Security in Inferno


Inferno uses encryption for:

The encryption algorithms used and/or provided by Inferno are:

Our Elgamal signatures use keys with moduli up to 4096 bits. The default size is 512 bits. Tools provided with inferno depend on these signatures for authentication. Library interfaces are provided for Limbo programs to sign and verify signatures. There are no tools or library interfaces for using Elgamal for encrypting.

The system is not tied to Elgamal. All keys and exchanges are parameterized to use any signature algorithm. We include only Elgamal for licensing reasons.

Conversations between Inferno instances can be encrypted using 56-bit DES keys or unlimited length RC4 keys. Because of US State Department restrictions, the internet release is limited to 40-bit RC4 keys and does not contain the DES interface.

Our Diffie-Hellman key exchange also uses moduli of up to 4096 bits. Once again the default is 512 bits.

Mutual Authentication

Authentication is performed using public key cryptography. Parties register by having their public keys signed by a certifying authority (CA). The signature is an Elgamal signature of the a secure hash (SHA or MD5) of the name of the party, his public key, and an expiration time. The signature (wich contains the name of the signer) along with the signed information is termed a certificate.

When parties communicate, they use the Station to Station protocol to establish identities of the two parties and a mutually known secret. The STS protocol uses Diffie Hellman (DH) to agree on a number bounded by the DH modulus. This number can be known only to both parties. The DH protocol is secured against third party attacks by having the parties exchange certificates and then digitally signing key parts of the protocol. In the following 'R' is the caller and 'E' is the callee.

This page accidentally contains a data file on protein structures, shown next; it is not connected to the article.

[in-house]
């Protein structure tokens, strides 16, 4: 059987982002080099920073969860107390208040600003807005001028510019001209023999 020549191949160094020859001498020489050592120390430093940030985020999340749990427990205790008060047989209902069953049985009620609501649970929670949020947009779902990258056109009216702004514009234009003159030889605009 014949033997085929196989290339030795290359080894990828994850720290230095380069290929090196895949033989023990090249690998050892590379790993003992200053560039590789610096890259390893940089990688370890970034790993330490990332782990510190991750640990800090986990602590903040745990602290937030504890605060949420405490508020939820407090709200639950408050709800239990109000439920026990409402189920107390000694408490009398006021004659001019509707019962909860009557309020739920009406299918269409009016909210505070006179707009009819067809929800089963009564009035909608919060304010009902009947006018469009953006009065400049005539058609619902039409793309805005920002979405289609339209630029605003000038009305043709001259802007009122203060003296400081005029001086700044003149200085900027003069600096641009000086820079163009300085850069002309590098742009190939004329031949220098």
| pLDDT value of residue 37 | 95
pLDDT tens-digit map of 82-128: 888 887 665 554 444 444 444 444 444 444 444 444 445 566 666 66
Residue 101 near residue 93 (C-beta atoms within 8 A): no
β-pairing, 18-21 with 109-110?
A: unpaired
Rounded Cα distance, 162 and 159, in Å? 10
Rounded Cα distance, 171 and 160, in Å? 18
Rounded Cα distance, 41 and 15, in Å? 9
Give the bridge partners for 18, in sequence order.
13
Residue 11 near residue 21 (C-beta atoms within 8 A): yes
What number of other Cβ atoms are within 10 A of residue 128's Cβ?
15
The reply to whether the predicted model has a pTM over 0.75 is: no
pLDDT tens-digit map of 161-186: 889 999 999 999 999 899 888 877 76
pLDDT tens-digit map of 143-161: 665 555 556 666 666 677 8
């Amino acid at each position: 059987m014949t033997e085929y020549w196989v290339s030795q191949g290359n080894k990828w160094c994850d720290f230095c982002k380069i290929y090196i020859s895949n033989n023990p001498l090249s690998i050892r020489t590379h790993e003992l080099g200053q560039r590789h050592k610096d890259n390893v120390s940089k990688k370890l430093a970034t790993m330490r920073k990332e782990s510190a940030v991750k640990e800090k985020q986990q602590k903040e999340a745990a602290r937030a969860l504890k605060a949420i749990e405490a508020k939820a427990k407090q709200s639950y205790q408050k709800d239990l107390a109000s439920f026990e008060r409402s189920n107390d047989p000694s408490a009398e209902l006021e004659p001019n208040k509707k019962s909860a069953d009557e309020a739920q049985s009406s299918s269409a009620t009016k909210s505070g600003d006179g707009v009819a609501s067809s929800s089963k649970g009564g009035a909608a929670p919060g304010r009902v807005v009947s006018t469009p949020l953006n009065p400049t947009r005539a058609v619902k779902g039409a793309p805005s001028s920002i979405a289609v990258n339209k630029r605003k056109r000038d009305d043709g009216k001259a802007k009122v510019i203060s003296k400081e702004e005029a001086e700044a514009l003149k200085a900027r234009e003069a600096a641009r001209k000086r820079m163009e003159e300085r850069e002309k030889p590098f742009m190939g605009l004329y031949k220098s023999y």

R->E	alpha**r0 mod p, caller's cert
	E->R	alpha**r1 mod p, callee's cert
	R->E	sign(caller's public key, alpha**r0 mod p, alpha**r1 mod p)
	E->R	sign(callee's public key, alpha**r1 mod p, alpha**r0 mod p)

The DH constants 'alpha' and 'p' are obtained from the CA along with the certificate. Both caller's and callee's certificate must come from the same CA.

The random number, 'alpha**(r0*r1) mod p', can then be used either to digest or encrypt a conversation between the parties.

Line Security

A network conversation can be secured against modification alone or against both modification and snooping. To secure against modification, we append a secure MD5 or SHA hash (called a digest),

	hash(secret, message, messageid)

to each message. 'Messageid' starts at 0 and is incremented by one for each message sent.

To secure against snooping, we encrypt the complete conversation using either RC4 or DES. We support both DES chain block coding and electronic code book. Messages are rounded up to 8 byte blocks in the case of DESECB encoding.

We use the same encapsulation format as Netscape's Secure Sockets Layer. It is possible to encapsulate any message stream an arbitrary number of times using different algorithms to achieve whatever secrecy you wish.

Certificate/Key Management

Certificates are passed between CA's and users using an encrypted key exchange protocol. Users first have to establish a password, P, with a CA. They can then get certificates for their public keys using the following protocol.

	U->CA	name, initialization vector
	CA->U	RC4(P ^ initialization vector, alpha**r0 mod p), alpha, p
	U->CA	alpha**r1 mod p

<turn on SHA digesting using alpha**(r0*r1) mod p as a secret>

	CA->U	signer's public key
	U->CA	user's public key
	CA->U	user's certificate

Certificates can be ephemeral, lasting until the next reboot, or can be stored in a file in a directory, usually /usr/username/keyring. The current practice is for server programs use the certificate in the file /usr/username/keyring/default and for clients to use the certificate in /usr/username/keyring/destination-name.